Concrete on Mars could be made from astronauts’ blood, sweat and tears, literally

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2021-09-16 09:30:56

The houses we create on Mars and the Moon can become… a little less hygienic than the ones we live on on Earth.

A series of new experiments have led to the successful fabrication of concrete that could one day be used in our alien lands, using a combination of simulated Martian soil. or Moon, a protein found in human blood and a compound found in human urine, sweat, and tears.

Biosynthetics from Mars and the Moon

These biosynthetic materials are even harder than regular concrete, and would be suitable for crafting alien buildings – if you can ask volunteer astronauts… to donate blood. However, this proves that building materials can be found in unexpected places.

It’s not a new idea – animal blood was used to bind mortar in the Middle Ages – but it is not the solution one might expect to find in the Space Age. New or not, it could help solve a major problem with establishing extraterrestrial colonies, which is cost.

“Scientists have been trying to develop possible technologies to produce concrete-like materials on the surface of Mars, but we keep thinking that the answer may lie within ourselves.”, said materials engineer Aled Roberts of the University of Manchester.

When we finally establish extraterrestrial human settlements, we’ll have to get a little creative. After all, every kilogram of payload on a rocket counts.

According to the latest data, it would cost at least $1,500 per kilogram to go in a rocket launch event. A 2017 report found that the cost of transporting a brick to Mars could be as high as $2 million.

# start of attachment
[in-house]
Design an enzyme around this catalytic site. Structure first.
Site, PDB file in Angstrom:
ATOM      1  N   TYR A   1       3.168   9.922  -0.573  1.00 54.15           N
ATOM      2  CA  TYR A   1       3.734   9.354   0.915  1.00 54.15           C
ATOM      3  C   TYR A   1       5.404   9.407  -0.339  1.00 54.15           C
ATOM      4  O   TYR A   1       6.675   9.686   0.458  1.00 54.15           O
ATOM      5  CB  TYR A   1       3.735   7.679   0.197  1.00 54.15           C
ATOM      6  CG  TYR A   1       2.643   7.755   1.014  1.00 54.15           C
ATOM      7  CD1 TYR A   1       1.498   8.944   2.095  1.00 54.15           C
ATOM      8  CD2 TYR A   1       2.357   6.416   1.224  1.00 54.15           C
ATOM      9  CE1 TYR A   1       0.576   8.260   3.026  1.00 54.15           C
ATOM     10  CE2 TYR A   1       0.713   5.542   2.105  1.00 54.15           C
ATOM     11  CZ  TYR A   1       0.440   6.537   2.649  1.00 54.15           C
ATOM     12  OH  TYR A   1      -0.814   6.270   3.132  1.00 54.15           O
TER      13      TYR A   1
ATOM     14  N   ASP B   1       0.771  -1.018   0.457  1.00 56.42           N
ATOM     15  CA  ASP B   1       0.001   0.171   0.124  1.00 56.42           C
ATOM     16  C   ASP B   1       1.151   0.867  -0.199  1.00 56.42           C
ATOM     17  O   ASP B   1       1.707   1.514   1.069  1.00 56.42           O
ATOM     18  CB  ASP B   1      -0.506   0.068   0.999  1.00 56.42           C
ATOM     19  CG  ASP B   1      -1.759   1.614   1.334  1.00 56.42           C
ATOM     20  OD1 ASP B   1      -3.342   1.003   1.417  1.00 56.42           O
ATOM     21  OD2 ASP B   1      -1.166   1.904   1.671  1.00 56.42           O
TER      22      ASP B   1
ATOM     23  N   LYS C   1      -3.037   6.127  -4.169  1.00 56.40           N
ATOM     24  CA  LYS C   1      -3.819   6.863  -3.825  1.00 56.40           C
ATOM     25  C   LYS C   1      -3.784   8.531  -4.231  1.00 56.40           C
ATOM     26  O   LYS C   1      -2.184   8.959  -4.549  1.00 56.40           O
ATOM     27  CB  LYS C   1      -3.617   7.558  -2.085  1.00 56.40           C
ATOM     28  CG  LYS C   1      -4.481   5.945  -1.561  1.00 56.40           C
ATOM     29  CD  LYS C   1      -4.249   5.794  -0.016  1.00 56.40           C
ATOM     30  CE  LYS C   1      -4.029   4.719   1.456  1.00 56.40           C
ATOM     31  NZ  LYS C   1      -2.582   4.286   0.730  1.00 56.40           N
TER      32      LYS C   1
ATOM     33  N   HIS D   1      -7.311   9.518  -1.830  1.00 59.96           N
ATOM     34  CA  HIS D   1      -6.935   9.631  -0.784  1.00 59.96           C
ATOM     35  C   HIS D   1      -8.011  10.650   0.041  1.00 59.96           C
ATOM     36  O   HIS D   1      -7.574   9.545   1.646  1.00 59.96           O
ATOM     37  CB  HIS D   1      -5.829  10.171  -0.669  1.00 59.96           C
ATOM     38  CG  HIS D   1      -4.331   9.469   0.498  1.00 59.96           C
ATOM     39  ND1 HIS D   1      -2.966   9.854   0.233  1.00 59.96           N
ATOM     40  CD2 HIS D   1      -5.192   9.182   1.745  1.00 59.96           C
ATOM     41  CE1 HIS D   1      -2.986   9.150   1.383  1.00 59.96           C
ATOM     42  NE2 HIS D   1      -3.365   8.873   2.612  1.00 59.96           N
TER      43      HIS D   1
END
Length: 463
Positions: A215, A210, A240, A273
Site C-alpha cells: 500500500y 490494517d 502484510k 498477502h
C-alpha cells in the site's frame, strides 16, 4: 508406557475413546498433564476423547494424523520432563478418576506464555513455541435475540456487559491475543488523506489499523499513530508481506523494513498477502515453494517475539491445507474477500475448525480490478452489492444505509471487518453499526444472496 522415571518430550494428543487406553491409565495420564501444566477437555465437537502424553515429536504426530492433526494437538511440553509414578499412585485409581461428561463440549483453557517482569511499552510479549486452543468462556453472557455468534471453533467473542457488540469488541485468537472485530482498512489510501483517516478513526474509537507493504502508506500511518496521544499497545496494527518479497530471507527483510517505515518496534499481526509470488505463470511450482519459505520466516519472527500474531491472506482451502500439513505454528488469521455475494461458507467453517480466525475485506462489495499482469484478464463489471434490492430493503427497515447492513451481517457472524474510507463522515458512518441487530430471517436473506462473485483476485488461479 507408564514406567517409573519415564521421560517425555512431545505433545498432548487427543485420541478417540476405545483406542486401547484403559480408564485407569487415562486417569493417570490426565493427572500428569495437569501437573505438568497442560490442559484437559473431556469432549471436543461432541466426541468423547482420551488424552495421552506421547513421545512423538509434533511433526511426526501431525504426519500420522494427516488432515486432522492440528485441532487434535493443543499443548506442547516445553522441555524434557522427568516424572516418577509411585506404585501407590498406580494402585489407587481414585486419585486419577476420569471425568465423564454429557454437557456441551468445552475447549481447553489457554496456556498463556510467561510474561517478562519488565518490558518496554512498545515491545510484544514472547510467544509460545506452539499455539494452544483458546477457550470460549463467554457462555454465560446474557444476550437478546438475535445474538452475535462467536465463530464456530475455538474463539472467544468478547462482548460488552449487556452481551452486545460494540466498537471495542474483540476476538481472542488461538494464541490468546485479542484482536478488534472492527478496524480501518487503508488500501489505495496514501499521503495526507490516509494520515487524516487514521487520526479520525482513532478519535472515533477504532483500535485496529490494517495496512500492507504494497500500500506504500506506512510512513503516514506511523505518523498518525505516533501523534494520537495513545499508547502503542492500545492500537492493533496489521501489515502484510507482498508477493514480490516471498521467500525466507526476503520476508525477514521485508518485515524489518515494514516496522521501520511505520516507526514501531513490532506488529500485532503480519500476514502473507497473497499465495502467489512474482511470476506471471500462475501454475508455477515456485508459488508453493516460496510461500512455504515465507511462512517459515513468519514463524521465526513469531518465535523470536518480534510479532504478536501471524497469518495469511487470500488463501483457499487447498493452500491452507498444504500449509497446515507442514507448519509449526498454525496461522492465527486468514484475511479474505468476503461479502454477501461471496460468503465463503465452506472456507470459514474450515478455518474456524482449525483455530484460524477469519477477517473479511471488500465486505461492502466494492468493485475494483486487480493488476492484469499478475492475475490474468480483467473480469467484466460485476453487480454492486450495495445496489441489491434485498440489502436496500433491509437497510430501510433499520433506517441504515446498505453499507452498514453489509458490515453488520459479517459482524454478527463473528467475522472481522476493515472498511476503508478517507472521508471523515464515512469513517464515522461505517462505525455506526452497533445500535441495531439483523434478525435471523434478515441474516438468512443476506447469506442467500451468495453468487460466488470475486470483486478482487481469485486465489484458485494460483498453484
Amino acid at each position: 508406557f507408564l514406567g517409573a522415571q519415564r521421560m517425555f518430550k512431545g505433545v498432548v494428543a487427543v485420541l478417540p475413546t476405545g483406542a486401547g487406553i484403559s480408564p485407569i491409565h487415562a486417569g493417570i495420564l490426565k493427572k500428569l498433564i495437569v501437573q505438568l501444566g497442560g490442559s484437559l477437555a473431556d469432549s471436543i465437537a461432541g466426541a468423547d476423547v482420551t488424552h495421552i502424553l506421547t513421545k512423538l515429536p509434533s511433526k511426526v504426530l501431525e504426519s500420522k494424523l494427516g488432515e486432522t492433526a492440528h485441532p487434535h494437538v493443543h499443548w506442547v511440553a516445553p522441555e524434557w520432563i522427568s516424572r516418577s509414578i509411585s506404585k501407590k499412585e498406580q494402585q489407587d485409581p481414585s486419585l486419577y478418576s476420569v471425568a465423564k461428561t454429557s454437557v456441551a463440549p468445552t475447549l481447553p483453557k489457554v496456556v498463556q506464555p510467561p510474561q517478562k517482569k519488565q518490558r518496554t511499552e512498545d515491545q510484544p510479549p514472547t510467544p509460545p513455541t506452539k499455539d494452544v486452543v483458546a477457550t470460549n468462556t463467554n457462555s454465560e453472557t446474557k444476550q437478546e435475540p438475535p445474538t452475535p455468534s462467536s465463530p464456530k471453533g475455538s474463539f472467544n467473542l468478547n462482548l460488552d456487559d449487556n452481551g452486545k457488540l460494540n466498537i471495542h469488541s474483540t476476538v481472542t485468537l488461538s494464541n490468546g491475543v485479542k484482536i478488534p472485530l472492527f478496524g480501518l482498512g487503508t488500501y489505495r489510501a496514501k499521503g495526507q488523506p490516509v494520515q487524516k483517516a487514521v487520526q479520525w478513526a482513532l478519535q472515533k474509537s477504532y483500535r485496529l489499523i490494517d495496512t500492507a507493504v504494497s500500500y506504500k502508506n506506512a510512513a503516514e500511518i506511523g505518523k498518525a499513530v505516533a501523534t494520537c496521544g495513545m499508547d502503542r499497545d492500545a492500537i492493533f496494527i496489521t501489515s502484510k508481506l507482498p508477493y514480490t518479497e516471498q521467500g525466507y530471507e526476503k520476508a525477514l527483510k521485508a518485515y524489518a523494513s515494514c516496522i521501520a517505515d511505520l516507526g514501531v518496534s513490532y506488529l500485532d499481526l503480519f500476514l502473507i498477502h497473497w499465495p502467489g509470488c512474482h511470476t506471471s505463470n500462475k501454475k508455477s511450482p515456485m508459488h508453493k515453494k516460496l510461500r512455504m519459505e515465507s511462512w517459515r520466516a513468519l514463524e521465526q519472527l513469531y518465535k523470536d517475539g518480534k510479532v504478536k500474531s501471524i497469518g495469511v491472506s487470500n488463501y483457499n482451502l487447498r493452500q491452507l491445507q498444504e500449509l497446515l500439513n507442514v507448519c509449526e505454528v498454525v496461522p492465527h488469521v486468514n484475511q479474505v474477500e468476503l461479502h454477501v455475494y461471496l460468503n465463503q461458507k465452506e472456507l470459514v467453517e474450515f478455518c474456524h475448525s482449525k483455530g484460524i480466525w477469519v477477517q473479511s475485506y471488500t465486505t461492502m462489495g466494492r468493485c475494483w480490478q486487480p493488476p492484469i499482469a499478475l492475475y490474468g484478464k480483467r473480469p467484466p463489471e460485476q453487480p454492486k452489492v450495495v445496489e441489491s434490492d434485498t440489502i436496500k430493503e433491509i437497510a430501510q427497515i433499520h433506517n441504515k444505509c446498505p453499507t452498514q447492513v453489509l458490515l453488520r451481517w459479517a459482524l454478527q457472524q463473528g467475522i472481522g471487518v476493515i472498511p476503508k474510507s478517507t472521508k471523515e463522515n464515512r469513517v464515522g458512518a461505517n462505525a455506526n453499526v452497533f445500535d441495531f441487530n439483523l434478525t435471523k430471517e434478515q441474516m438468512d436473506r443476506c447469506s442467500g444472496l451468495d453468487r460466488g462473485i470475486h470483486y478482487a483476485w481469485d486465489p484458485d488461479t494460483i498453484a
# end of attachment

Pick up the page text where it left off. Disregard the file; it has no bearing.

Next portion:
So if we could build buildings from existing materials, that would be a huge burden offload – literally.

Concrete on Mars can be made from the blood, sweat and tears of astronauts, literally - Photo 2.

Experiments conducted using regolith simulations for the Moon and Mars (which are the top layers of dirt and debris on the surface of these places), suggest that these regolith materials could be the object. whether construction is feasible. But you still need to stick them together, and that’s where the human body can “contribute”.

Last year, an international team of scientists discovered that a compound found in human urine, tears and sweat called urea helps to plasticize concrete, making it less brittle and more flexible. this ultimately creates a stiffer material that can better withstand mechanical stresses. Roberts and his team took this one step further.

Their material, called AstroCrete, uses a protein called albumin, found in human plasma, to bind concrete together. Using a simple fabrication technique, the team used human serum albumin to create extraterrestrial regolith biocompounds.

Concrete on Mars can be made from the blood, sweat and tears of astronauts, literally - Photo 3.

AstroCrete Mars gets 3D

These materials have compressive strengths as high as 25 megapascals, comparable to the 20 to 32 megapascals found in conventional concrete on Earth. Adding urea makes the material even more dramatic, increasing AstroCrete’s compressive strength to 39.7 megapascals.

Synthetic spider silk and bovine serum albumin, both of which may be on Mars at some point, have also been tested and may also work. But the initial supply of blood protein will be harvested from astronauts, according to the team’s paper.

The researchers wrote: “In essence, human serum albumin produced directly by astronauts could be semi-continuously extracted and combined with lunar or Martian regoliths.”

Over a two-year period, six people were able to donate enough albumin to make 500 kg of AstroCrete. The researchers’ calculations show that each crew member’s contribution would provide enough building materials to expand that person’s habitat.

Concrete on Mars can be made from the blood, sweat and tears of astronauts, literally - Photo 4.

But more in-depth research is needed. We do not know the long-term health effects of continuous plasma donation in environments of low gravity and high radiation. We also don’t know how much plasma can be taken from a person sustainably and how that might affect fatigue levels.

However, that may only be a short-term solution. Once the establishment is established, donations may no longer be required.

The researchers wrote: “We believe that albumin in human serum could play an important role in a new colony on Mars, but will eventually be superseded by multipurpose bioreactors or other technologies as They are more developed.”.

Reference: ScienceAlert

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